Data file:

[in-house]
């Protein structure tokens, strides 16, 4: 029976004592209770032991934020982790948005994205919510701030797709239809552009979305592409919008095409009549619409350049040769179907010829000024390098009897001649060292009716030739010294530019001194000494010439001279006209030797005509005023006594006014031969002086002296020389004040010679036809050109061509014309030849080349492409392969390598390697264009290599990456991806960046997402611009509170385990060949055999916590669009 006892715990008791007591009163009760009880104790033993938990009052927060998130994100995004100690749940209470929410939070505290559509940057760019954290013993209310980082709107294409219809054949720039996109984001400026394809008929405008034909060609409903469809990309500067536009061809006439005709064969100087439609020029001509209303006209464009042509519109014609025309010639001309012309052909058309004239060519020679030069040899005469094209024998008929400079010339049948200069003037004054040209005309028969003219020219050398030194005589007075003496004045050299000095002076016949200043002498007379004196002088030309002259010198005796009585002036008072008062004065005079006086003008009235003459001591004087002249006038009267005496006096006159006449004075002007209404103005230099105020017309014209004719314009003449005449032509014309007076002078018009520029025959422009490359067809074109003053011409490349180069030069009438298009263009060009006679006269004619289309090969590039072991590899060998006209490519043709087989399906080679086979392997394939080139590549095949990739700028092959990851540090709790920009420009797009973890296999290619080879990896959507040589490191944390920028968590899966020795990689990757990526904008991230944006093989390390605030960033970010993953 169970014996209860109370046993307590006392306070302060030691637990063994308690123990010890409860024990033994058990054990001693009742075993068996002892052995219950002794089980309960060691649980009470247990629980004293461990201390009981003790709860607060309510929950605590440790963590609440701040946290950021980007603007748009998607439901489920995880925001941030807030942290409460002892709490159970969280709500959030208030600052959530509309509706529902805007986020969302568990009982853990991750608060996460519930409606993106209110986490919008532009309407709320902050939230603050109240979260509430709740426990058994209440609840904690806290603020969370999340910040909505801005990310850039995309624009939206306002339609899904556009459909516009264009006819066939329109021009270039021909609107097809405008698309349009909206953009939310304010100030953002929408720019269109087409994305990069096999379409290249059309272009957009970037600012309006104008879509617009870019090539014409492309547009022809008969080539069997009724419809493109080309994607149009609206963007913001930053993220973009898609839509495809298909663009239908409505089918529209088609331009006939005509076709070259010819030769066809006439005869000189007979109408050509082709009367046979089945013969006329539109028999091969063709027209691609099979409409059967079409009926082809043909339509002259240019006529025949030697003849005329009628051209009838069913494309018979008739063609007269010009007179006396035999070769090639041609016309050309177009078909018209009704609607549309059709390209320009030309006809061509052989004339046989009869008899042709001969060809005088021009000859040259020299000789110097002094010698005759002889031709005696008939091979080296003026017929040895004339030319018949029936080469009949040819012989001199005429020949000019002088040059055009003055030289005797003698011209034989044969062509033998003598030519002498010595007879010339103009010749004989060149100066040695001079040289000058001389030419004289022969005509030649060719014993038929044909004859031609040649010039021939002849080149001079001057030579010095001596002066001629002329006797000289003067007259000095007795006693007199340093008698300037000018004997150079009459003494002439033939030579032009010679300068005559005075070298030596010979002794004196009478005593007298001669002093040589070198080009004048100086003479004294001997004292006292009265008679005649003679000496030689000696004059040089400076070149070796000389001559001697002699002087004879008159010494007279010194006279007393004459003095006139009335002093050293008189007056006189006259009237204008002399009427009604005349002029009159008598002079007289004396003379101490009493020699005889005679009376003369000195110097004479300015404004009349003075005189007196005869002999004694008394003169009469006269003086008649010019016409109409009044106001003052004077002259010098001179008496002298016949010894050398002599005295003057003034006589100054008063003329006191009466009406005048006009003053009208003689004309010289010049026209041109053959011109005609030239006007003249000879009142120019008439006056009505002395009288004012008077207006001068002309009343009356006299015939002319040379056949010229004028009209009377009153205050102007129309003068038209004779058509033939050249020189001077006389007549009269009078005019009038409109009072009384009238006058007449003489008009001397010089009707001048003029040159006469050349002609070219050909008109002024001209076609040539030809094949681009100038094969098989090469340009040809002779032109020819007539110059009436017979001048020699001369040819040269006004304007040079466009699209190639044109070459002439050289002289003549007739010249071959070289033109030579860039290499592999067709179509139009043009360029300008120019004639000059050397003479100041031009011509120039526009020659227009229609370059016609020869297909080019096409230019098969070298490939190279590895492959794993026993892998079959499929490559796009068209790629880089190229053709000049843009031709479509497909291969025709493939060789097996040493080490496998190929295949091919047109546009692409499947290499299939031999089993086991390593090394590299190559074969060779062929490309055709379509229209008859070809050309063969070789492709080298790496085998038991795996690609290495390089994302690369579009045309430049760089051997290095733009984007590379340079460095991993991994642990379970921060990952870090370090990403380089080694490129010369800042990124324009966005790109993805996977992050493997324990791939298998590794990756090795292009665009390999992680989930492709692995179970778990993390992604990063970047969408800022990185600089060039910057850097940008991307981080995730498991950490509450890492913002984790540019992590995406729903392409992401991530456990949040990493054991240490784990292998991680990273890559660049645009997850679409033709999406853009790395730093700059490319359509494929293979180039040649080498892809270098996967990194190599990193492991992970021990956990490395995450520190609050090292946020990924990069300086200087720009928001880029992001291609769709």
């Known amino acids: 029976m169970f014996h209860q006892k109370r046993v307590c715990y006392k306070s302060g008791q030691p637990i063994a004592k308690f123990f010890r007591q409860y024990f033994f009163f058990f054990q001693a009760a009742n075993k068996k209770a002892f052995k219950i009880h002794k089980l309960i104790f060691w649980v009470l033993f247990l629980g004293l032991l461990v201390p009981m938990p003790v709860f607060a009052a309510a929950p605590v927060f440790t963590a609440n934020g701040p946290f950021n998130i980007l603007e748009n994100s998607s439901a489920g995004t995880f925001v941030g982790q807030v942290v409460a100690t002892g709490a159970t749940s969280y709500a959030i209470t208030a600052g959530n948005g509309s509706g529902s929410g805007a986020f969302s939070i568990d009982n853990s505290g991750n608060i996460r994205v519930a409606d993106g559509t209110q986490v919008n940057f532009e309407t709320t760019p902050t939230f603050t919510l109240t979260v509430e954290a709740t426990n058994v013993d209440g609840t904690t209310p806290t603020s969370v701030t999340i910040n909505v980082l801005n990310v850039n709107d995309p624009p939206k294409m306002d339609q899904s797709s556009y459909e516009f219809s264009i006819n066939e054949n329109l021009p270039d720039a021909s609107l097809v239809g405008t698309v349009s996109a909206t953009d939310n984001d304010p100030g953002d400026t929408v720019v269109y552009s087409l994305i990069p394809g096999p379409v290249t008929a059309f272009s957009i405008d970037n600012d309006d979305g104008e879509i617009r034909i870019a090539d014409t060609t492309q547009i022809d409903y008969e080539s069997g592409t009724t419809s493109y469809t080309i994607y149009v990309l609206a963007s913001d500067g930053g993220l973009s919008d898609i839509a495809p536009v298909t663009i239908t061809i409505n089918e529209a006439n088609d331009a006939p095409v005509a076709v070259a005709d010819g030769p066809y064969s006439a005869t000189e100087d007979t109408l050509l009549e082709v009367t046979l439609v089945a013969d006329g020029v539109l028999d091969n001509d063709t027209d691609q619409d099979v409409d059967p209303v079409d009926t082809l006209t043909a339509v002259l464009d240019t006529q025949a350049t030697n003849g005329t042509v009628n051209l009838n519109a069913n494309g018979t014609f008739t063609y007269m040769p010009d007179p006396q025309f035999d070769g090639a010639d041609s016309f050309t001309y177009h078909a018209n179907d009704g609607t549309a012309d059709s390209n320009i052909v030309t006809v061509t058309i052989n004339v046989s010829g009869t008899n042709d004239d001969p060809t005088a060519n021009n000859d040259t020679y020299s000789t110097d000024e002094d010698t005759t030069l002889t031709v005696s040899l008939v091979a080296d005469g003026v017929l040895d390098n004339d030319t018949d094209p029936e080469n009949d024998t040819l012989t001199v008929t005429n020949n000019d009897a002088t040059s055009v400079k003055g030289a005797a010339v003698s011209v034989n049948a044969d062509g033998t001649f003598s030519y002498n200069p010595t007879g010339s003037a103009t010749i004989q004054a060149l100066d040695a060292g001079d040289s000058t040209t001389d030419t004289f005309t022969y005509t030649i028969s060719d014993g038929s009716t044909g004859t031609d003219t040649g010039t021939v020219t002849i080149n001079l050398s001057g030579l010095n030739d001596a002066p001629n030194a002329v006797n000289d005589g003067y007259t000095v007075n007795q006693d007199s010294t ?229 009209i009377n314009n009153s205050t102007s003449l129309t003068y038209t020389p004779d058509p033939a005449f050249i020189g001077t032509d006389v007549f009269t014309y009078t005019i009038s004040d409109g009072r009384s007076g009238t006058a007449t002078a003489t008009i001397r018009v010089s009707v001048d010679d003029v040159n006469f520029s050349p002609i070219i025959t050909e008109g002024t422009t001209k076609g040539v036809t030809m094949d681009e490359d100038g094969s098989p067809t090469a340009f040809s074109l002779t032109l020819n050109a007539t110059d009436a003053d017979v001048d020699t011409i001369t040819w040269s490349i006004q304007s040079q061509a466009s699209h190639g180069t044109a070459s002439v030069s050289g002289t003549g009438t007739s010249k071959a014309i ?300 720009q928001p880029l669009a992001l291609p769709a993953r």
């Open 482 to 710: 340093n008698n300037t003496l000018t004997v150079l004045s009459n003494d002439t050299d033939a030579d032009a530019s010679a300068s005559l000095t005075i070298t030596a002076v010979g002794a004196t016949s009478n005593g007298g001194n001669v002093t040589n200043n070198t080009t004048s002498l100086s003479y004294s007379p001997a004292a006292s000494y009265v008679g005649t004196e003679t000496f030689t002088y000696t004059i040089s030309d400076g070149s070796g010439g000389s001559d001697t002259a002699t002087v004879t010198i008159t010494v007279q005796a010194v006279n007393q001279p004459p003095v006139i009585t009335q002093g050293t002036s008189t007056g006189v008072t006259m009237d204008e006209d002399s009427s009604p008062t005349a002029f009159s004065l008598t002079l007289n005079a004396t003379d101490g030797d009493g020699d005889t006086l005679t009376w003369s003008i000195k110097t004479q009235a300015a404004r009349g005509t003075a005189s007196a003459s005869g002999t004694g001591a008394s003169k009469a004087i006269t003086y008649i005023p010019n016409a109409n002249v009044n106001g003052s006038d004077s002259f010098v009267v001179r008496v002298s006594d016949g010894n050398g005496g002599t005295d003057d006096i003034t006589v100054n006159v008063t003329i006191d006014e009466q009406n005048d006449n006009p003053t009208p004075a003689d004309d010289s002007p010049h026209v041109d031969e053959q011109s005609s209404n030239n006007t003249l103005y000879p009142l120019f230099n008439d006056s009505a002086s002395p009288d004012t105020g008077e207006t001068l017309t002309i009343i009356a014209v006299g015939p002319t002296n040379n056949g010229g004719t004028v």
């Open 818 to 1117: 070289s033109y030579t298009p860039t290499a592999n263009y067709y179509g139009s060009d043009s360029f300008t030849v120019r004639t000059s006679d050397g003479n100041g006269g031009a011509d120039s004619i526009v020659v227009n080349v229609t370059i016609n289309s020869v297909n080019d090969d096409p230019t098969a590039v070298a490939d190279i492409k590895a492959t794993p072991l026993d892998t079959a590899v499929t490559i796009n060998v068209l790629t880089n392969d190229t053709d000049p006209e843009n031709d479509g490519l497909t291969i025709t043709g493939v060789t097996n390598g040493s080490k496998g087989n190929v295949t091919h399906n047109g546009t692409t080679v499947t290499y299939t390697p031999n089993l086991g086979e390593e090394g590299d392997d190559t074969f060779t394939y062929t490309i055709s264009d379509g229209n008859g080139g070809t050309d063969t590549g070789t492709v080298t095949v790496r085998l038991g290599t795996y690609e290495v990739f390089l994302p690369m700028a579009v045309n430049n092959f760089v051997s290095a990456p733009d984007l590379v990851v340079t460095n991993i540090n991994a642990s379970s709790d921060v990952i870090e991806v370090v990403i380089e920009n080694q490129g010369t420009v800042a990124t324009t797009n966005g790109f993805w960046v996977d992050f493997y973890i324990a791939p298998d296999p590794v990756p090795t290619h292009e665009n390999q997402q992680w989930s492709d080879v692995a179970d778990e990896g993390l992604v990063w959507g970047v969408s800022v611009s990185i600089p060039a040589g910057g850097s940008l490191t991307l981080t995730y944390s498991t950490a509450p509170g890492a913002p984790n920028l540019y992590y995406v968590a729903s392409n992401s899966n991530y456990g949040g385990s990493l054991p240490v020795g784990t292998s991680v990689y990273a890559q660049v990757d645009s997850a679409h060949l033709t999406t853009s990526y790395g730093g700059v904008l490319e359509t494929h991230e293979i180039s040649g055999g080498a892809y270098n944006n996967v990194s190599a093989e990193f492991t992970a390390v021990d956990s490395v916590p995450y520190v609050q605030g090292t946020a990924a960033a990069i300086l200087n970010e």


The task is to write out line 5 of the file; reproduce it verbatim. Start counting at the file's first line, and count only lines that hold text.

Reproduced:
């Open 818 to 1117: 070289s033109y030579t298009p860039t290499a592999n263009y067709y179509g139009s060009d043009s360029f300008t030849v120019r004639t000059s006679d050397g003479n100041g006269g031009a011509d120039s004619i526009v020659v227009n080349v229609t370059i016609n289309s020869v297909n080019d090969d096409p230019t098969a590039v070298a490939d190279i492409k590895a492959t794993p072991l026993d892998t079959a590899v499929t490559i796009n060998v068209l790629t880089n392969d190229t053709d000049p006209e843009n031709d479509g490519l497909t291969i025709t043709g493939v060789t097996n390598g040493s080490k496998g087989n190929v295949t091919h399906n047109g546009t692409t080679v499947t290499y299939t390697p031999n089993l086991g086979e390593e090394g590299d392997d190559t074969f060779t394939y062929t490309i055709s264009d379509g229209n008859g080139g070809t050309d063969t590549g070789t492709v080298t095949v790496r085998l038991g290599t795996y690609e290495v990739f390089l994302p690369m700028a579009v045309n430049n092959f760089v051997s290095a990456p733009d984007l590379v990851v340079t460095n991993i540090n991994a642990s379970s709790d921060v990952i870090e991806v370090v990403i380089e920009n080694q490129g010369t420009v800042a990124t324009t797009n966005g790109f993805w960046v996977d992050f493997y973890i324990a791939p298998d296999p590794v990756p090795t290619h292009e665009n390999q997402q992680w989930s492709d080879v692995a179970d778990e990896g993390l992604v990063w959507g970047v969408s800022v611009s990185i600089p060039a040589g910057g850097s940008l490191t991307l981080t995730y944390s498991t950490a509450p509170g890492a913002p984790n920028l540019y992590y995406v968590a729903s392409n992401s899966n991530y456990g949040g385990s990493l054991p240490v020795g784990t292998s991680v990689y990273a890559q660049v990757d645009s997850a679409h060949l033709t999406t853009s990526y790395g730093g700059v904008l490319e359509t494929h991230e293979i180039s040649g055999g080498a892809y270098n944006n996967v990194s190599a093989e990193f492991t992970a390390v021990d956990s490395v916590p995450y520190v609050q605030g090292t946020a990924a960033a990069i300086l200087n970010e």